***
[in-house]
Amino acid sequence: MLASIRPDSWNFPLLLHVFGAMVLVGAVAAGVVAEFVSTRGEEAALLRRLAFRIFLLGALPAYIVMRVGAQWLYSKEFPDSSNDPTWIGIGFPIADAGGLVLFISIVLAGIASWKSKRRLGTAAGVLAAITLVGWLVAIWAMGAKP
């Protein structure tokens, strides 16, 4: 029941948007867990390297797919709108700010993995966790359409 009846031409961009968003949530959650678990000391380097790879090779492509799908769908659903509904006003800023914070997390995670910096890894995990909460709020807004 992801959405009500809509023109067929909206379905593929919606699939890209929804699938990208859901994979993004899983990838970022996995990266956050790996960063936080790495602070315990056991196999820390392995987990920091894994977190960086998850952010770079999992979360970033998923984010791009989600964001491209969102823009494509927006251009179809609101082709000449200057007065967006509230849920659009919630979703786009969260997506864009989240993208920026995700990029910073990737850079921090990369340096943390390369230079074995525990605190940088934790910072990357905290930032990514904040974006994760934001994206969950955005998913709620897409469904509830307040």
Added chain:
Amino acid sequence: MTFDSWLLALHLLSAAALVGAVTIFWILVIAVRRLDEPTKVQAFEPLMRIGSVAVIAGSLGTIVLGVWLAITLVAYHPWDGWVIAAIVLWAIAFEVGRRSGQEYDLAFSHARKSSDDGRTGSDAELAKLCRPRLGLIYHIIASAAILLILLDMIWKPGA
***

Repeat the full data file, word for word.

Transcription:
[in-house]
Amino acid sequence: MLASIRPDSWNFPLLLHVFGAMVLVGAVAAGVVAEFVSTRGEEAALLRRLAFRIFLLGALPAYIVMRVGAQWLYSKEFPDSSNDPTWIGIGFPIADAGGLVLFISIVLAGIASWKSKRRLGTAAGVLAAITLVGWLVAIWAMGAKP
């Protein structure tokens, strides 16, 4: 029941948007867990390297797919709108700010993995966790359409 009846031409961009968003949530959650678990000391380097790879090779492509799908769908659903509904006003800023914070997390995670910096890894995990909460709020807004 992801959405009500809509023109067929909206379905593929919606699939890209929804699938990208859901994979993004899983990838970022996995990266956050790996960063936080790495602070315990056991196999820390392995987990920091894994977190960086998850952010770079999992979360970033998923984010791009989600964001491209969102823009494509927006251009179809609101082709000449200057007065967006509230849920659009919630979703786009969260997506864009989240993208920026995700990029910073990737850079921090990369340096943390390369230079074995525990605190940088934790910072990357905290930032990514904040974006994760934001994206969950955005998913709620897409469904509830307040």
Added chain:
Amino acid sequence: MTFDSWLLALHLLSAAALVGAVTIFWILVIAVRRLDEPTKVQAFEPLMRIGSVAVIAGSLGTIVLGVWLAITLVAYHPWDGWVIAAIVLWAIAFEVGRRSGQEYDLAFSHARKSSDDGRTGSDAELAKLCRPRLGLIYHIIASAAILLILLDMIWKPGA